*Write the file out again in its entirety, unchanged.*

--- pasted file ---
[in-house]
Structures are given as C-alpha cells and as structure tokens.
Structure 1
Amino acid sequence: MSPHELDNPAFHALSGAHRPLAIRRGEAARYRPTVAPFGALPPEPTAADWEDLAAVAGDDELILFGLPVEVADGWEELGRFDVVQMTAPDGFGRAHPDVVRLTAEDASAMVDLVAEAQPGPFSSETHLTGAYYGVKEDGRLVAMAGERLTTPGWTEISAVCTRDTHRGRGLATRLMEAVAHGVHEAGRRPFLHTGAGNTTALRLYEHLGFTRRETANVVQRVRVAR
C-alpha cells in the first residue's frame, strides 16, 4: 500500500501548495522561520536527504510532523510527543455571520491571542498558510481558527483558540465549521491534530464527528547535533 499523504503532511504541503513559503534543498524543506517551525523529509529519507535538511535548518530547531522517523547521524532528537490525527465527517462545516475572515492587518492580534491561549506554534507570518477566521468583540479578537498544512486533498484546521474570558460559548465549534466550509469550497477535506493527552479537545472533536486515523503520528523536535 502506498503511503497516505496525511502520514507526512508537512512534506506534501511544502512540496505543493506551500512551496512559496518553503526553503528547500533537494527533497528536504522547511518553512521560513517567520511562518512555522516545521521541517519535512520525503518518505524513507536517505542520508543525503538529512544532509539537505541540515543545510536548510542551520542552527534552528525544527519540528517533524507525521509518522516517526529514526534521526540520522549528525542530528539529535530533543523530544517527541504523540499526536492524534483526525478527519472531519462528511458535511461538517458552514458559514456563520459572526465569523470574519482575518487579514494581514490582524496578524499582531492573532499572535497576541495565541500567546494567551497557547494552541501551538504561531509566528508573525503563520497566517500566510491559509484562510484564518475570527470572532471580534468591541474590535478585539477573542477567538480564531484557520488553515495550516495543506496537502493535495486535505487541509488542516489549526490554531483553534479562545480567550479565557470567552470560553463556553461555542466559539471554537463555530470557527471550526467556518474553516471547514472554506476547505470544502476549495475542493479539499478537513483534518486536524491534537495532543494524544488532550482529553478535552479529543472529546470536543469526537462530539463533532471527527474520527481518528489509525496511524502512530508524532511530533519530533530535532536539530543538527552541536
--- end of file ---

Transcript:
[in-house]
Structures are given as C-alpha cells and as structure tokens.
Structure 1
Amino acid sequence: MSPHELDNPAFHALSGAHRPLAIRRGEAARYRPTVAPFGALPPEPTAADWEDLAAVAGDDELILFGLPVEVADGWEELGRFDVVQMTAPDGFGRAHPDVVRLTAEDASAMVDLVAEAQPGPFSSETHLTGAYYGVKEDGRLVAMAGERLTTPGWTEISAVCTRDTHRGRGLATRLMEAVAHGVHEAGRRPFLHTGAGNTTALRLYEHLGFTRRETANVVQRVRVAR
C-alpha cells in the first residue's frame, strides 16, 4: 500500500501548495522561520536527504510532523510527543455571520491571542498558510481558527483558540465549521491534530464527528547535533 499523504503532511504541503513559503534543498524543506517551525523529509529519507535538511535548518530547531522517523547521524532528537490525527465527517462545516475572515492587518492580534491561549506554534507570518477566521468583540479578537498544512486533498484546521474570558460559548465549534466550509469550497477535506493527552479537545472533536486515523503520528523536535 502506498503511503497516505496525511502520514507526512508537512512534506506534501511544502512540496505543493506551500512551496512559496518553503526553503528547500533537494527533497528536504522547511518553512521560513517567520511562518512555522516545521521541517519535512520525503518518505524513507536517505542520508543525503538529512544532509539537505541540515543545510536548510542551520542552527534552528525544527519540528517533524507525521509518522516517526529514526534521526540520522549528525542530528539529535530533543523530544517527541504523540499526536492524534483526525478527519472531519462528511458535511461538517458552514458559514456563520459572526465569523470574519482575518487579514494581514490582524496578524499582531492573532499572535497576541495565541500567546494567551497557547494552541501551538504561531509566528508573525503563520497566517500566510491559509484562510484564518475570527470572532471580534468591541474590535478585539477573542477567538480564531484557520488553515495550516495543506496537502493535495486535505487541509488542516489549526490554531483553534479562545480567550479565557470567552470560553463556553461555542466559539471554537463555530470557527471550526467556518474553516471547514472554506476547505470544502476549495475542493479539499478537513483534518486536524491534537495532543494524544488532550482529553478535552479529543472529546470536543469526537462530539463533532471527527474520527481518528489509525496511524502512530508524532511530533519530533530535532536539530543538527552541536